(CNN)President Donald Trump claimed Thursday that his oft-made 2016 campaign promise that he would build a wall and Mexico would pay for it didn’t mean it would be a direct payment, despite outlining just that scenario during his campaign.
“When during the campaign, I would say ‘Mexico is going to pay for it,’ obviously, I never said this, and I never meant they’re gonna write out a check, I said they’re going to pay for it. They are,” he said as he prepared to depart the White House for the southern border.
But in April 2016, Trump’s campaign outlined the steps he would take to compel Mexico to pay the US “$5-10 billion” to fund a border wall — a plan that relies largely on threatening to bar undocumented Mexican immigrants in the United States from wiring money to relatives in Mexico.
“It’s an easy decision for Mexico: make a one-time payment of $5-10 billion to ensure that $24 billion continues to flow into their country year after year,” the memo said.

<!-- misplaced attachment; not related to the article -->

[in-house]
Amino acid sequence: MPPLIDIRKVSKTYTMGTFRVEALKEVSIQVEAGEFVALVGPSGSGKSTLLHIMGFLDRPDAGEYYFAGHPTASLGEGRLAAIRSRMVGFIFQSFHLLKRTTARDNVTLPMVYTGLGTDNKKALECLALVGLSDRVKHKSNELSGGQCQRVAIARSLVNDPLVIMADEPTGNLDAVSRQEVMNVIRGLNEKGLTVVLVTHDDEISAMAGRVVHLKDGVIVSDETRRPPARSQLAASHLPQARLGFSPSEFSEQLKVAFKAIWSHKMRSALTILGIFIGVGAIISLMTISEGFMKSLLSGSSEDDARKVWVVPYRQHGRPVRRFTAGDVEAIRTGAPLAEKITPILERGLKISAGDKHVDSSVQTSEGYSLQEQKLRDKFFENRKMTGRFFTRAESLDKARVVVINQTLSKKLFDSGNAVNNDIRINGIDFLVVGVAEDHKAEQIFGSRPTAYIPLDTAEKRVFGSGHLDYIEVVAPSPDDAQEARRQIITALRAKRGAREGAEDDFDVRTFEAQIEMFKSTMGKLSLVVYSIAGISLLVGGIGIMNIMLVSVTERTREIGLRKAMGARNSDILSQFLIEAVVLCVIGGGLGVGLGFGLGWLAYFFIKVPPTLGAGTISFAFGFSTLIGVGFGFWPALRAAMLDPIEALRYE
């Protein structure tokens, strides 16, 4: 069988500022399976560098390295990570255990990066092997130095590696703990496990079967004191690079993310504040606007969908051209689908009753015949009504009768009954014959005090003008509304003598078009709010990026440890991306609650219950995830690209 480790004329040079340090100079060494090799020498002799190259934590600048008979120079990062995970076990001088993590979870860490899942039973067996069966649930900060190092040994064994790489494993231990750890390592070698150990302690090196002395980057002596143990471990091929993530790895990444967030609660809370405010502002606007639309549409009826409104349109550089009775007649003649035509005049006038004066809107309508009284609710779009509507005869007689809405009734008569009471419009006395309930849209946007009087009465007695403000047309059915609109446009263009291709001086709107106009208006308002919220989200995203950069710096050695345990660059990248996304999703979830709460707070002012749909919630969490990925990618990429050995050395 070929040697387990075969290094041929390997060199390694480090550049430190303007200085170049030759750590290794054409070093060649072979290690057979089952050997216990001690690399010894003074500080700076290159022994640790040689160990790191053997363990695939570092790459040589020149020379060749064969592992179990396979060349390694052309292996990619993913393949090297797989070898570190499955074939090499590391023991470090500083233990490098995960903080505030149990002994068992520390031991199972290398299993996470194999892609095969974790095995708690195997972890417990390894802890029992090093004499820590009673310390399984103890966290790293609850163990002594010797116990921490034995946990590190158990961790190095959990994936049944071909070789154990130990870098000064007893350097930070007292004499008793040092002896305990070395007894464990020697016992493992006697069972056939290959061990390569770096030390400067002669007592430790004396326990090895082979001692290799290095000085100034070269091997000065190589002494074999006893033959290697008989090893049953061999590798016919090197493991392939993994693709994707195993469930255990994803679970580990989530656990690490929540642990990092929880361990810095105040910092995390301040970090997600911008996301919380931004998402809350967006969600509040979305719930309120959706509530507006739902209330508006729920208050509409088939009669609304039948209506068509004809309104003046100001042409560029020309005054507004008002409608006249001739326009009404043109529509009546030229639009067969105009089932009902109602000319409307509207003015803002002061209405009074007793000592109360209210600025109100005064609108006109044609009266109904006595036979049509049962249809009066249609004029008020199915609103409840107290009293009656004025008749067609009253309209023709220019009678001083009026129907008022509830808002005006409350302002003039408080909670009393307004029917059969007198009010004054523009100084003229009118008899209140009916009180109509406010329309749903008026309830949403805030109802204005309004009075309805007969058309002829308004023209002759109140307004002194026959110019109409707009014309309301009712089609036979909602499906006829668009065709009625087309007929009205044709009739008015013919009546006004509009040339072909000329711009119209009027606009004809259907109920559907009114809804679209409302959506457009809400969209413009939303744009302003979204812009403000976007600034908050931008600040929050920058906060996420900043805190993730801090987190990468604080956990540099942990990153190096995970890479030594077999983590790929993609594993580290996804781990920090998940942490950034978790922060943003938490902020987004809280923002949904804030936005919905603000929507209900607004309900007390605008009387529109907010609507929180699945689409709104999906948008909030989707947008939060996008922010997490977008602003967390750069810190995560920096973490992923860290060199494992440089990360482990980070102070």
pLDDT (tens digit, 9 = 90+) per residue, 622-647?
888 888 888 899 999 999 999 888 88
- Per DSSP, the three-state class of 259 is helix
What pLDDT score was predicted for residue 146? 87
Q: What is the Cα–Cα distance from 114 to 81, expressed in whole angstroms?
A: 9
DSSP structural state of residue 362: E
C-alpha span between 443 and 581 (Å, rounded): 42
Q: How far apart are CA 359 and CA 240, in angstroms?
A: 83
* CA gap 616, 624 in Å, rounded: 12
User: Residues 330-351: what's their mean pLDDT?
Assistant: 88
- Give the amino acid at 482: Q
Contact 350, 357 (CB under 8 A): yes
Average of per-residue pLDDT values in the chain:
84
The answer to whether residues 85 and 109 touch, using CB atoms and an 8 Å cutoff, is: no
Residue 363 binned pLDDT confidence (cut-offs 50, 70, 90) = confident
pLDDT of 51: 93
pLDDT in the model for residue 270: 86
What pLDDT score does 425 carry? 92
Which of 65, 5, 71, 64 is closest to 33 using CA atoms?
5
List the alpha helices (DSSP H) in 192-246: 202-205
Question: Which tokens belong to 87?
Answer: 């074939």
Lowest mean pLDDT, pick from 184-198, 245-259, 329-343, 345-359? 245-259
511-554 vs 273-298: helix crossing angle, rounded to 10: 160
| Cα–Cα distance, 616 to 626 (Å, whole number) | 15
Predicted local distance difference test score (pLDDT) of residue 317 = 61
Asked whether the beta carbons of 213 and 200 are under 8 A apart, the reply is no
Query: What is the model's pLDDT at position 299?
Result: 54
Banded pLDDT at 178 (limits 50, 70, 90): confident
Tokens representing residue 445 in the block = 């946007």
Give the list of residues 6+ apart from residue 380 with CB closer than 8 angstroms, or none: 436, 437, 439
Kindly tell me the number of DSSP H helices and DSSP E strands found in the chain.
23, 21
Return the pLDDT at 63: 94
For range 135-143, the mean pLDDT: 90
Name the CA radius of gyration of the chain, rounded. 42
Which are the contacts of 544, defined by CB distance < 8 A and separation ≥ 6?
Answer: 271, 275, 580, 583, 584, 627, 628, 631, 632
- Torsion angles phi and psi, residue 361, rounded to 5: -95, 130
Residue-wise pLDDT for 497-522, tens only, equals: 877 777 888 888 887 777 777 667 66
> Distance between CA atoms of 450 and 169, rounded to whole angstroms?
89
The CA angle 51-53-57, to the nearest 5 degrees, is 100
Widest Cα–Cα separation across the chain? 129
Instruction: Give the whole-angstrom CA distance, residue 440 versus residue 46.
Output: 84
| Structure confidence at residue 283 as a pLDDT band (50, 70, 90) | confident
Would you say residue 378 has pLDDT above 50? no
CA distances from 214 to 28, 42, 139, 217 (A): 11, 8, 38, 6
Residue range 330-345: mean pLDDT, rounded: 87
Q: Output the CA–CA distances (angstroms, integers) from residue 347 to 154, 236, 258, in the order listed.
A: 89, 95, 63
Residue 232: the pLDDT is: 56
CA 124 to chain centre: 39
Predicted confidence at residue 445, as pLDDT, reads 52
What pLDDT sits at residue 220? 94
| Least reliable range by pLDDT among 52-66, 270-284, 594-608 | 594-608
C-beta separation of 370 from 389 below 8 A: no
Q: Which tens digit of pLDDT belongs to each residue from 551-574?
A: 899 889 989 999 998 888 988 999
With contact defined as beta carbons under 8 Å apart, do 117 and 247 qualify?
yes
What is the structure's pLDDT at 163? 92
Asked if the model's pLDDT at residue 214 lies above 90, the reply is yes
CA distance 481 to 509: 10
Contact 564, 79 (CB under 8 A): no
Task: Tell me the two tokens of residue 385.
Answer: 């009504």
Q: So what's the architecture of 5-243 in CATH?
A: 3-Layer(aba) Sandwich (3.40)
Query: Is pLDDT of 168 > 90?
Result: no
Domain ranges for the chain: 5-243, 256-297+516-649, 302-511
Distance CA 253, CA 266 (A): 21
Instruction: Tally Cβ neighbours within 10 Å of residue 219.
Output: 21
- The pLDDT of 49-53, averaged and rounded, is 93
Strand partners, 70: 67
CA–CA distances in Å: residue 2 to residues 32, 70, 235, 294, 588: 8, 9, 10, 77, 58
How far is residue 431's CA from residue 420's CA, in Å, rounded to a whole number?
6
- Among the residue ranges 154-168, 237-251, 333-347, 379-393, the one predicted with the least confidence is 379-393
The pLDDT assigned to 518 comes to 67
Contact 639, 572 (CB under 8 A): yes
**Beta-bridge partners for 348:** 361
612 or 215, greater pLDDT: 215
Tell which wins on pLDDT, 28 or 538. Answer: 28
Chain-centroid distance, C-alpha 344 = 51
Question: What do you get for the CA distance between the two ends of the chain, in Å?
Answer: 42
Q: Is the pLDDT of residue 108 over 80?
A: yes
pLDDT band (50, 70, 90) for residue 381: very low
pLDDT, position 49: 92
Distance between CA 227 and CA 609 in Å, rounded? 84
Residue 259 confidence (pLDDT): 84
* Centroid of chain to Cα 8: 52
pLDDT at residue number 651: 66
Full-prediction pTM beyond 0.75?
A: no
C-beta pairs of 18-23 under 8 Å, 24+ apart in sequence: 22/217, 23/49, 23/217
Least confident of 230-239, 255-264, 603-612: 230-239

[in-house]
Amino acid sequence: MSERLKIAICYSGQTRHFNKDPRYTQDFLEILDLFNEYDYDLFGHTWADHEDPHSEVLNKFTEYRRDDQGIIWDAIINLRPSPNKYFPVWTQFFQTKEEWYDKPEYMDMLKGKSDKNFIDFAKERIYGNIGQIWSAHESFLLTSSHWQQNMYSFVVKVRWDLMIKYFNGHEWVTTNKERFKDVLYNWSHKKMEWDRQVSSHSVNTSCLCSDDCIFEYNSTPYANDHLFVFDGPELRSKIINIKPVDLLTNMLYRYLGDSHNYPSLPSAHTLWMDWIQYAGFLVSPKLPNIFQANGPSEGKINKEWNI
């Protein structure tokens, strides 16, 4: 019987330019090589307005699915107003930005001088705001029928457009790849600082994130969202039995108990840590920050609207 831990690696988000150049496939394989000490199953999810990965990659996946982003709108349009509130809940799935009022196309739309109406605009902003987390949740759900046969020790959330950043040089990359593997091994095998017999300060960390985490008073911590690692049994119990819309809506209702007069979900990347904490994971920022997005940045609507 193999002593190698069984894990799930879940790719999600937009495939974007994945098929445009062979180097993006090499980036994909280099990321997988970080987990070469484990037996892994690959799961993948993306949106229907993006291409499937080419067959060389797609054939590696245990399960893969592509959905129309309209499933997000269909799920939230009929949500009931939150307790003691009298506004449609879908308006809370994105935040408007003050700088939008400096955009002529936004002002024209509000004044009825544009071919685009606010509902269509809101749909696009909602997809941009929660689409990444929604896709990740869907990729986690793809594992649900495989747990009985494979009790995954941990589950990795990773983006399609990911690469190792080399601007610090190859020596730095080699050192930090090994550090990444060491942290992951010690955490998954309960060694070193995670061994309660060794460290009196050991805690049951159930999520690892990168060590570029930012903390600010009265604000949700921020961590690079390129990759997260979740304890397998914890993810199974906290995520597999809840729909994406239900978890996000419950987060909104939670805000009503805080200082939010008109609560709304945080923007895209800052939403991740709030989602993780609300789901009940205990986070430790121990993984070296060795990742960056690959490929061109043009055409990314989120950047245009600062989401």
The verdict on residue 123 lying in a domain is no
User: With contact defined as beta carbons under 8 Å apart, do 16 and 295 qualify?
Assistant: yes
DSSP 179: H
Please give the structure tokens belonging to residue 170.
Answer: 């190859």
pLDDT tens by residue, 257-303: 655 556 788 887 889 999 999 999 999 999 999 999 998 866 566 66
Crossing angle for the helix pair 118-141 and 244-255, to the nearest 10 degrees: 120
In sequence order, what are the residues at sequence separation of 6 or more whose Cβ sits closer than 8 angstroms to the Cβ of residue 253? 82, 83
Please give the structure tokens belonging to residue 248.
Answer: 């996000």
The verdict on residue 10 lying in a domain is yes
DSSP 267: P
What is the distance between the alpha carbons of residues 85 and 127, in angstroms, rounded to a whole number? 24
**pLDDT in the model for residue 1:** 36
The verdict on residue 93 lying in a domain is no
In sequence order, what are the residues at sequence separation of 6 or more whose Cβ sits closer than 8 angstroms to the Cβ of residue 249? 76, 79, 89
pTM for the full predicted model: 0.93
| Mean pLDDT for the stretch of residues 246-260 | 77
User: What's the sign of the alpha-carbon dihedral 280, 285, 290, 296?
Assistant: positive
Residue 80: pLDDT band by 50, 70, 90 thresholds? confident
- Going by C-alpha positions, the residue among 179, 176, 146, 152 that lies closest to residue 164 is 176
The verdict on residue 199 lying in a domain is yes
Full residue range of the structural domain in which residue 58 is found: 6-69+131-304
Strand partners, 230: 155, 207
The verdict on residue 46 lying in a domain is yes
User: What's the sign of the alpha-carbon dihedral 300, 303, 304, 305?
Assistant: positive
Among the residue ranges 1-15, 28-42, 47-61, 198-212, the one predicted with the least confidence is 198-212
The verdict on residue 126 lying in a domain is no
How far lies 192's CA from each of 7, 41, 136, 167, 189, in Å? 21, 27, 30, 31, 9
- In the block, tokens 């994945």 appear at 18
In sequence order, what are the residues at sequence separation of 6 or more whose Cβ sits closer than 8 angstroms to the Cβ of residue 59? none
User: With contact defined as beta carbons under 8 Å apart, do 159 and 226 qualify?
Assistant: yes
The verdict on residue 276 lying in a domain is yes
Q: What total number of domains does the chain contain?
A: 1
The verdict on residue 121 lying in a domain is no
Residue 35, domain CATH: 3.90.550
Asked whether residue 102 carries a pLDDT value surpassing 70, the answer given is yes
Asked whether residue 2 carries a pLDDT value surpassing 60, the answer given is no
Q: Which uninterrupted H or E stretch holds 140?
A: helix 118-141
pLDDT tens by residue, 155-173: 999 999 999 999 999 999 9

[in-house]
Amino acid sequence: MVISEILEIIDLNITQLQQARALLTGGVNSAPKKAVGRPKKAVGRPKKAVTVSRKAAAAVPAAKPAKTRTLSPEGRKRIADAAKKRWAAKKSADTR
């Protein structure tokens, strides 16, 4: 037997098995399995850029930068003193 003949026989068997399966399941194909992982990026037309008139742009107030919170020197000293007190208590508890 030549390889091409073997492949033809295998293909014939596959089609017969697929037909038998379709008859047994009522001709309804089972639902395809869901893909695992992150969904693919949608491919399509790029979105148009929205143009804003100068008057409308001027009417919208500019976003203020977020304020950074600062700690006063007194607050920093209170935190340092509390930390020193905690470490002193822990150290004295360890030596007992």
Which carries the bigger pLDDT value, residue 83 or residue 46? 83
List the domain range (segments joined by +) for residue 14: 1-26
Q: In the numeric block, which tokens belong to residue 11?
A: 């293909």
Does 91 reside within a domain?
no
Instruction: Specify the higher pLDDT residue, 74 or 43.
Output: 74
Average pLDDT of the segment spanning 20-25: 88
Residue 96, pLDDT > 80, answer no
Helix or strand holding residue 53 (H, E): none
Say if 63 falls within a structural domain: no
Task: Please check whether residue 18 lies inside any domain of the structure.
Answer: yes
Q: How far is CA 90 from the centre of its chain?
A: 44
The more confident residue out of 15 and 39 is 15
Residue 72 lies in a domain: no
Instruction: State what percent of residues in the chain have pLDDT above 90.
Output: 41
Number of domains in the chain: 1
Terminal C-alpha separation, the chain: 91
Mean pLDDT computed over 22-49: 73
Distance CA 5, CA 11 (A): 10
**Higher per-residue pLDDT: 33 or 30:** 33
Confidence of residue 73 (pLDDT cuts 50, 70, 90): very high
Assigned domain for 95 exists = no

Using a broad interpretation of the post-9/11 USA Patriot Act, Trump wrote in the memo that he would threaten to issue new regulations that would compel money transfer companies like Western Union to verify a client’s identity and legal status before authorizing a wire transfer.
Trump now claims his renegotiated trade deal with Mexico and Canada would result in Mexico “indirectly” paying for the wall.
But the US-Mexico-Canada trade deal has not yet been approved by Congress and even the perceived benefits of its passage would not amount to a Mexican — direct or indirect — payment of the border wall. Whatever economic benefits the trade deal delivers would be reflected in financial benefits to companies and higher wages for some individuals, not in any immediate financial boon to the US government.